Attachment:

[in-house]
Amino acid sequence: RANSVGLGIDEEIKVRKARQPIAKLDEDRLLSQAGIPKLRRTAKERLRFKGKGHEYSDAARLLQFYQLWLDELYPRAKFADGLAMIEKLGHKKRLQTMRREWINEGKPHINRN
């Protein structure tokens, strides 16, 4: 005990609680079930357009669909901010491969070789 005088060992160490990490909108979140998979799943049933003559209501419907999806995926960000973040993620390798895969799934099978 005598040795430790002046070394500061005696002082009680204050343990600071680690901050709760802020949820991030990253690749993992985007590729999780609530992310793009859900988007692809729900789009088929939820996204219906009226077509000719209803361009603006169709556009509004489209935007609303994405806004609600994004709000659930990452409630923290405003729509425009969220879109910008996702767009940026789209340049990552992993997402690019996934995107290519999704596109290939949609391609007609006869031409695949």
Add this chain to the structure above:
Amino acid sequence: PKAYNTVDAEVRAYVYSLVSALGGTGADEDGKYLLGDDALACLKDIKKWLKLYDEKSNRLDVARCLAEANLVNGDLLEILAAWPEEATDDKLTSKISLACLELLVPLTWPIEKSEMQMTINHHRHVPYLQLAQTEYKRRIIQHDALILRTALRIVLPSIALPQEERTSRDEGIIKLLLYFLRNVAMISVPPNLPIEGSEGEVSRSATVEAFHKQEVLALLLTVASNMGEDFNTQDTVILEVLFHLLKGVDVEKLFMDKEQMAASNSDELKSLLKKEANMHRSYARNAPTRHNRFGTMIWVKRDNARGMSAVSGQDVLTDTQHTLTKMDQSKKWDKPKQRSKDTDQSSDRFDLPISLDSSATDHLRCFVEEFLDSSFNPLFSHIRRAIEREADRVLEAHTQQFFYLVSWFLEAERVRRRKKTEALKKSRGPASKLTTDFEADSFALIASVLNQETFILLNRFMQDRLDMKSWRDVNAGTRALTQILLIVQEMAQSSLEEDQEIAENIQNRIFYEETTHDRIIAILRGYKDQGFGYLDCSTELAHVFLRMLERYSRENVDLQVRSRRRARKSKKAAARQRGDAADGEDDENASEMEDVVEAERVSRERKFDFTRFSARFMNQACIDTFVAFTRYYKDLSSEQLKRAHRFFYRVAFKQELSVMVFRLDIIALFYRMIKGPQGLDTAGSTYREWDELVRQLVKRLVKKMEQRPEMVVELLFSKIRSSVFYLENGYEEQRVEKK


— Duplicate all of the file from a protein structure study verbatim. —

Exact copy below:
[in-house]
Amino acid sequence: RANSVGLGIDEEIKVRKARQPIAKLDEDRLLSQAGIPKLRRTAKERLRFKGKGHEYSDAARLLQFYQLWLDELYPRAKFADGLAMIEKLGHKKRLQTMRREWINEGKPHINRN
């Protein structure tokens, strides 16, 4: 005990609680079930357009669909901010491969070789 005088060992160490990490909108979140998979799943049933003559209501419907999806995926960000973040993620390798895969799934099978 005598040795430790002046070394500061005696002082009680204050343990600071680690901050709760802020949820991030990253690749993992985007590729999780609530992310793009859900988007692809729900789009088929939820996204219906009226077509000719209803361009603006169709556009509004489209935007609303994405806004609600994004709000659930990452409630923290405003729509425009969220879109910008996702767009940026789209340049990552992993997402690019996934995107290519999704596109290939949609391609007609006869031409695949």
Add this chain to the structure above:
Amino acid sequence: PKAYNTVDAEVRAYVYSLVSALGGTGADEDGKYLLGDDALACLKDIKKWLKLYDEKSNRLDVARCLAEANLVNGDLLEILAAWPEEATDDKLTSKISLACLELLVPLTWPIEKSEMQMTINHHRHVPYLQLAQTEYKRRIIQHDALILRTALRIVLPSIALPQEERTSRDEGIIKLLLYFLRNVAMISVPPNLPIEGSEGEVSRSATVEAFHKQEVLALLLTVASNMGEDFNTQDTVILEVLFHLLKGVDVEKLFMDKEQMAASNSDELKSLLKKEANMHRSYARNAPTRHNRFGTMIWVKRDNARGMSAVSGQDVLTDTQHTLTKMDQSKKWDKPKQRSKDTDQSSDRFDLPISLDSSATDHLRCFVEEFLDSSFNPLFSHIRRAIEREADRVLEAHTQQFFYLVSWFLEAERVRRRKKTEALKKSRGPASKLTTDFEADSFALIASVLNQETFILLNRFMQDRLDMKSWRDVNAGTRALTQILLIVQEMAQSSLEEDQEIAENIQNRIFYEETTHDRIIAILRGYKDQGFGYLDCSTELAHVFLRMLERYSRENVDLQVRSRRRARKSKKAAARQRGDAADGEDDENASEMEDVVEAERVSRERKFDFTRFSARFMNQACIDTFVAFTRYYKDLSSEQLKRAHRFFYRVAFKQELSVMVFRLDIIALFYRMIKGPQGLDTAGSTYREWDELVRQLVKRLVKKMEQRPEMVVELLFSKIRSSVFYLENGYEEQRVEKK